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Lindemann (1944), Lazare (1979) and Worden (2005) have identified numerous symptoms and behaviours that indicate unresolved / complicated grief. While many of the symptoms identified can be considered ordinary during the more acute earlier phase of grief, they are considered major signs of unresolved / complicated grief if they remain for unusually prolonged periods of time. 

Also, the more symptoms an individual exhibits, the more likely they are experiencing unresolved grief (Worden, 2005; Freeman, 2005). Some of the symptoms are listed below:
 
Lindemann’s symptoms

  • Over activity without a sense of purpose
  • Acquisition of symptoms belonging to the last illness of the deceased
  • Alteration in relationships with friends and relatives
  • Lasting loss of patterns of social interaction
  • Agitated depression with tension, insomnia, feelings of worthlessness, self accusation, obvious need for punishment and even suicidal tendencies
  • Furious hostility towards someone connected to the death.

Lazare’s symptoms

  • Unwillingness to move the possessions of the deceased even after a reasonable amount of time has passed.
  • A depressive syndrome to varying degrees of severity
  • Symptoms of guilt and self reproach, panic attacks and somatic symptoms
  • Somatic symptoms representing identification with the deceased, often symptoms of the terminal illness
  • A feeling that the death has occurred yesterday even though the loss took place a long while back
  • Inability to discuss the deceased without crying
  • Changes in current relationships following death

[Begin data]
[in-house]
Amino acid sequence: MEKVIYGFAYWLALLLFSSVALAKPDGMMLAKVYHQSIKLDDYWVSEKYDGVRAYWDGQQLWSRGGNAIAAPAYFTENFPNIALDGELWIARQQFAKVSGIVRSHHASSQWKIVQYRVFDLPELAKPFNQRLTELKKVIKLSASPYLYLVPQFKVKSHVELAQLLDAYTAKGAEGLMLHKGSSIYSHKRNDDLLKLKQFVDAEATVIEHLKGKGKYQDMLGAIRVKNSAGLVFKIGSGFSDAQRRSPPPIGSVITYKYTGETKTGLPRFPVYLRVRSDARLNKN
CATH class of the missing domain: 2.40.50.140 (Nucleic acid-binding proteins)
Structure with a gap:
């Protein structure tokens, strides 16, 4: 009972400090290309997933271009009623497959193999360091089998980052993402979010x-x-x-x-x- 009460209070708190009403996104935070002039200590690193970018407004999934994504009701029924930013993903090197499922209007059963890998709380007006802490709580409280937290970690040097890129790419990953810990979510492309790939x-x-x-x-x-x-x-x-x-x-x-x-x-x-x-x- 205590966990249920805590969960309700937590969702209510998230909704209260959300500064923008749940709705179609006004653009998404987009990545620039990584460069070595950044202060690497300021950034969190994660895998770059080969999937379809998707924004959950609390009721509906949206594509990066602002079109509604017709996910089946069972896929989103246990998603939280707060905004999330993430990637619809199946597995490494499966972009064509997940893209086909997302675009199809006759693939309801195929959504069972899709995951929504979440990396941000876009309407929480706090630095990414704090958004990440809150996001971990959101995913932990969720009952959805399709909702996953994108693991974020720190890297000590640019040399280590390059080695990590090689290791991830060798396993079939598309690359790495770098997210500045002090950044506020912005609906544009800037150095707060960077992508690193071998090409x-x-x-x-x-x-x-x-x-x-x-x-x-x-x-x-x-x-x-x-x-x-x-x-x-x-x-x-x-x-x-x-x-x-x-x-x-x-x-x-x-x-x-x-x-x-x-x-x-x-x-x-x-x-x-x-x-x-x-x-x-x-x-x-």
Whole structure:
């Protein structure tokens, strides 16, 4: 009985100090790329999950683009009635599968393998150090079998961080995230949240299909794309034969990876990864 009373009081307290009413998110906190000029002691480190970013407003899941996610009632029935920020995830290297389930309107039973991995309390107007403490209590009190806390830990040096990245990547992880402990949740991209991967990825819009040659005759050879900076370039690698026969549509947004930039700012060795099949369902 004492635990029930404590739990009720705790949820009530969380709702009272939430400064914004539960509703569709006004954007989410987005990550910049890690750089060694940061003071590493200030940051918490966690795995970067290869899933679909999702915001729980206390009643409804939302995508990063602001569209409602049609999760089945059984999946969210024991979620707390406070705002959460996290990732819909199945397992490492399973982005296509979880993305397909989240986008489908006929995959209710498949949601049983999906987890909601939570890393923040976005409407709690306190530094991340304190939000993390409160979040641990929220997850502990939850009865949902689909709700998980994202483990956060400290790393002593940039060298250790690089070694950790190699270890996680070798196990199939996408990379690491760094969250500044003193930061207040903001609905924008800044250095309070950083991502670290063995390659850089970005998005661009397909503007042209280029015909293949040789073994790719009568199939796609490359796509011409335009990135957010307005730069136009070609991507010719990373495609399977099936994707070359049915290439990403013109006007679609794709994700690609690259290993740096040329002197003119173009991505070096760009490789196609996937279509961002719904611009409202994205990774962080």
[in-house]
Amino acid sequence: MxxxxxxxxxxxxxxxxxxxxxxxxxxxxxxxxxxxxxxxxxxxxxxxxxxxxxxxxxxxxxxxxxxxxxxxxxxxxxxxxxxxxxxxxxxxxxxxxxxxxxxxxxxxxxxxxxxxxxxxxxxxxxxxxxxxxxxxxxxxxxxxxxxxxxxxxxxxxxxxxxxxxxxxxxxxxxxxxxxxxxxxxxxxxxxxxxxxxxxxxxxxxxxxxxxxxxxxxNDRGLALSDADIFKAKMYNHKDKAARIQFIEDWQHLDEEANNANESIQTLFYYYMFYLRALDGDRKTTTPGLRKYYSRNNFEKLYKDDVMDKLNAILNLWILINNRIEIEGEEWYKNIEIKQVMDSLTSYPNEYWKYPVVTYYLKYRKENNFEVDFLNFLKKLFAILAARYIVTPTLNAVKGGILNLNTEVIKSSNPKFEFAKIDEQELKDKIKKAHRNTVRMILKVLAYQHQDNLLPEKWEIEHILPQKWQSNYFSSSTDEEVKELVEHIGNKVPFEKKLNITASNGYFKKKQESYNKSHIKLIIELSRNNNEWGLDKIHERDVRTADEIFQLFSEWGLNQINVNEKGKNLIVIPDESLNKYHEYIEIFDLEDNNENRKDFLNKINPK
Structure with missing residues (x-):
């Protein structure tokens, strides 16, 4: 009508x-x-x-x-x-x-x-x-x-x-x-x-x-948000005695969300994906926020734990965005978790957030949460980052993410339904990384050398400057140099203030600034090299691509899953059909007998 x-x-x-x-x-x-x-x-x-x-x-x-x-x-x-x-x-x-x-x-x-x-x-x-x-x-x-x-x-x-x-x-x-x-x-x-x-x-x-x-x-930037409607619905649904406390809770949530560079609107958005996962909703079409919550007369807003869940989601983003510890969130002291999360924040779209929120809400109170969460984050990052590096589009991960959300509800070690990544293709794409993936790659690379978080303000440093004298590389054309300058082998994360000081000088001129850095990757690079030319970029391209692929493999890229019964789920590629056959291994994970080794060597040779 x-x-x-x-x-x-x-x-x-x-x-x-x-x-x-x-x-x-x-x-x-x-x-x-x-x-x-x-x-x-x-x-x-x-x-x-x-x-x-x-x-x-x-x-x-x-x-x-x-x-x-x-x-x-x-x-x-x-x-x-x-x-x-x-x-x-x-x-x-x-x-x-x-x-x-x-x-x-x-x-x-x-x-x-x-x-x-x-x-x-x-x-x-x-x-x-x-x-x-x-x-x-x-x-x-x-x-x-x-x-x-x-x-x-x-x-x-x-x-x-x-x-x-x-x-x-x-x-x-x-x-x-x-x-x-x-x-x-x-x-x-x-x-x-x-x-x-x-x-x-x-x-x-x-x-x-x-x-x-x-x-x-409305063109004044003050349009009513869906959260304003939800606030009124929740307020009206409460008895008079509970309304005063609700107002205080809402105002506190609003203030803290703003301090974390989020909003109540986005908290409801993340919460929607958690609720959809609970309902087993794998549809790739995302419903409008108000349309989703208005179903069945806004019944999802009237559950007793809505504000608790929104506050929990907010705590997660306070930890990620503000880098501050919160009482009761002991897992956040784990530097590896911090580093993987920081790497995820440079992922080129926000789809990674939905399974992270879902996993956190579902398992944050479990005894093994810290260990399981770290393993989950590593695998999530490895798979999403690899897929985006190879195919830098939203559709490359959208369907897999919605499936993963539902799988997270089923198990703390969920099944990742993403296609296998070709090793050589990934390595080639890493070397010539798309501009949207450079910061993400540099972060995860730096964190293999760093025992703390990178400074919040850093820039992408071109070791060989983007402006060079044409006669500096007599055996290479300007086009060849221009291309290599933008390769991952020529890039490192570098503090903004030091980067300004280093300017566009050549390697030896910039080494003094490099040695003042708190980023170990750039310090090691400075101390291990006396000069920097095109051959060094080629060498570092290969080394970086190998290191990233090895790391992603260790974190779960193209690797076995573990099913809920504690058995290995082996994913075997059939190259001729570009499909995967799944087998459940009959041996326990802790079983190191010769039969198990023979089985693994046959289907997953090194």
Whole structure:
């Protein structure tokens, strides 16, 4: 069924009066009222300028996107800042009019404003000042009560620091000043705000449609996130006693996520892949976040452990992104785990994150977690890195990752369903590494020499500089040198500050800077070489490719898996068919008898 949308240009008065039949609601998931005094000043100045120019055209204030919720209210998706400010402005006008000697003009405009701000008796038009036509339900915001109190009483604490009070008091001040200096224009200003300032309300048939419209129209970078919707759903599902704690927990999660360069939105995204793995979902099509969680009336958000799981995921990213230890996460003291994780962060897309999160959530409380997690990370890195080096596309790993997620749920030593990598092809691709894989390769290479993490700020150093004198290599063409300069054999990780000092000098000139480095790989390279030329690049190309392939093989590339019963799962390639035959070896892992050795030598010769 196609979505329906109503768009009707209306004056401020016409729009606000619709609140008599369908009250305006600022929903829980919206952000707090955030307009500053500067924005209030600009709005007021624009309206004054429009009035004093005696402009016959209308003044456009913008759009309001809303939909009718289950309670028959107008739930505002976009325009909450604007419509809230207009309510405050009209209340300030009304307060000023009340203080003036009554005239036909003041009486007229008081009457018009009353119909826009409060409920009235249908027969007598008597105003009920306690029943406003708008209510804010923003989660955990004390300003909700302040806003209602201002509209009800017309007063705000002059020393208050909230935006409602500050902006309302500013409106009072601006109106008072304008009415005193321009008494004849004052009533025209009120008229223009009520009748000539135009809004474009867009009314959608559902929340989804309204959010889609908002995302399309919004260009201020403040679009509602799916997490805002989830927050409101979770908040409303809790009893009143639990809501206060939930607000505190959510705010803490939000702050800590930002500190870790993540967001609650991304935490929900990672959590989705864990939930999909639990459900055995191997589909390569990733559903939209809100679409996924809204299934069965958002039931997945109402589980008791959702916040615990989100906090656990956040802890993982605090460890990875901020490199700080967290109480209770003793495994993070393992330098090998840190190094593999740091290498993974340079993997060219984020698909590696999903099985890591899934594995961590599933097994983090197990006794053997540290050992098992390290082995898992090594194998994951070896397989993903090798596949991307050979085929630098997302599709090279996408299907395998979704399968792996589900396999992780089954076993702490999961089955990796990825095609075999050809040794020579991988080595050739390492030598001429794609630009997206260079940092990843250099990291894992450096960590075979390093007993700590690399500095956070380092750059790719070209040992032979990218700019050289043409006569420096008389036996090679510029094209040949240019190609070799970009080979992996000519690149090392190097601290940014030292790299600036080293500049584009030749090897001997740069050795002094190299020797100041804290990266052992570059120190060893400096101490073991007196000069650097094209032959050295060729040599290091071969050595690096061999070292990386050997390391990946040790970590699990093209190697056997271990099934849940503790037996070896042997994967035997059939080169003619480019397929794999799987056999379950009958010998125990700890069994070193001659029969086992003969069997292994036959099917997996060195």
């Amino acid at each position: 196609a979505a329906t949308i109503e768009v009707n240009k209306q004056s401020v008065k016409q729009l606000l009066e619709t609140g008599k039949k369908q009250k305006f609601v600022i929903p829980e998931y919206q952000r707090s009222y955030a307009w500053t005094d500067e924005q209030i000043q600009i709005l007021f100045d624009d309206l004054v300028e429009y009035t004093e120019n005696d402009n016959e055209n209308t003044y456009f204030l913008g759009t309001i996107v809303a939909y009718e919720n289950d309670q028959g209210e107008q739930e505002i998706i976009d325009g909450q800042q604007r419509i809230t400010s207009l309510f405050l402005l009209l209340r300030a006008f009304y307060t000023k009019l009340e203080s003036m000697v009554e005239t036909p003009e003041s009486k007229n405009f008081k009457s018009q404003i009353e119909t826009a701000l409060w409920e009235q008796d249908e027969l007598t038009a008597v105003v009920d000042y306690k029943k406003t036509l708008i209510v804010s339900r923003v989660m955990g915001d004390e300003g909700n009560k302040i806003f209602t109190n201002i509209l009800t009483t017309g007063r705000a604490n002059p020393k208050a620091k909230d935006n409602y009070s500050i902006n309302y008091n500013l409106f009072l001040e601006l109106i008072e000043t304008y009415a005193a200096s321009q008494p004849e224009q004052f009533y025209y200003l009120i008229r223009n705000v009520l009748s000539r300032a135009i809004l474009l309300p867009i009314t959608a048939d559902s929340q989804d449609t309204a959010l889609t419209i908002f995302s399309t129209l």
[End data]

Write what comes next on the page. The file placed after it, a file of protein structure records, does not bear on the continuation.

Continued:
• A history of delayed or prolonged grief

Worden’s symptoms

  • Inability to speak of the deceased without experiencing intense grief emotions
  • Unaccountable sadness during various times of the year
  • Self destructive themes
  • Radical changes in lifestyle
  • Phobias about illness or death
  • Over identification with the deceased leading to compulsion to imitate the dead person
  • A relatively minor event triggering a major grief reaction.
  • Exclusion of friends, family members or activities associated with the deceased.

References:

  1. Freeman, S (2005). Grief and Loss: Understanding the Journey. Belmont, CA: Thompson Brooks/ Cole.
  2. Williamson. J.B. & Shneidman, E. (1995). Death: Current Perspectives. (4th ed.). California: Mayfield Publishing Company
  3. Worden, J.W. (2005). Grief Couselling and Grief Therapy: Handbook for Mental Practitioners (3rd ed.). New York, NY: Springer Publishing Company.

This article is an extract of Mental Health Academy’s Complicated Grief professional development course.

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